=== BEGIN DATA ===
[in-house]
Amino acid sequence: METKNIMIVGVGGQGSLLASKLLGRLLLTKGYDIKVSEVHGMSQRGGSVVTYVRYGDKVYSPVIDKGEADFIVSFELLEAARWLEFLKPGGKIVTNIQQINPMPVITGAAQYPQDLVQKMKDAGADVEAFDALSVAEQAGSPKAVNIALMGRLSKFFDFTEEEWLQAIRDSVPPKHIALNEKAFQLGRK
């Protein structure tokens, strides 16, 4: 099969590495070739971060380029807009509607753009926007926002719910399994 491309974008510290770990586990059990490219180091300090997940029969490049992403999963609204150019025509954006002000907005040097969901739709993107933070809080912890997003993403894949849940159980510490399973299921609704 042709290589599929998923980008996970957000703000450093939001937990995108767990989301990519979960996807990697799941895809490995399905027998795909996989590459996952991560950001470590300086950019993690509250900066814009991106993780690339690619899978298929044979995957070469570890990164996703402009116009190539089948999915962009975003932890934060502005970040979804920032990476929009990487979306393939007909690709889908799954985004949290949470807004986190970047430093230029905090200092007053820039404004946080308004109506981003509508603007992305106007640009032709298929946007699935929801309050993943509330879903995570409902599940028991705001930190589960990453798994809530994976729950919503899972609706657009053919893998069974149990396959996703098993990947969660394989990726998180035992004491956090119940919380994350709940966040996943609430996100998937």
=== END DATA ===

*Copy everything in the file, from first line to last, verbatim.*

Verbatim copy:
[in-house]
Amino acid sequence: METKNIMIVGVGGQGSLLASKLLGRLLLTKGYDIKVSEVHGMSQRGGSVVTYVRYGDKVYSPVIDKGEADFIVSFELLEAARWLEFLKPGGKIVTNIQQINPMPVITGAAQYPQDLVQKMKDAGADVEAFDALSVAEQAGSPKAVNIALMGRLSKFFDFTEEEWLQAIRDSVPPKHIALNEKAFQLGRK
């Protein structure tokens, strides 16, 4: 099969590495070739971060380029807009509607753009926007926002719910399994 491309974008510290770990586990059990490219180091300090997940029969490049992403999963609204150019025509954006002000907005040097969901739709993107933070809080912890997003993403894949849940159980510490399973299921609704 042709290589599929998923980008996970957000703000450093939001937990995108767990989301990519979960996807990697799941895809490995399905027998795909996989590459996952991560950001470590300086950019993690509250900066814009991106993780690339690619899978298929044979995957070469570890990164996703402009116009190539089948999915962009975003932890934060502005970040979804920032990476929009990487979306393939007909690709889908799954985004949290949470807004986190970047430093230029905090200092007053820039404004946080308004109506981003509508603007992305106007640009032709298929946007699935929801309050993943509330879903995570409902599940028991705001930190589960990453798994809530994976729950919503899972609706657009053919893998069974149990396959996703098993990947969660394989990726998180035992004491956090119940919380994350709940966040996943609430996100998937």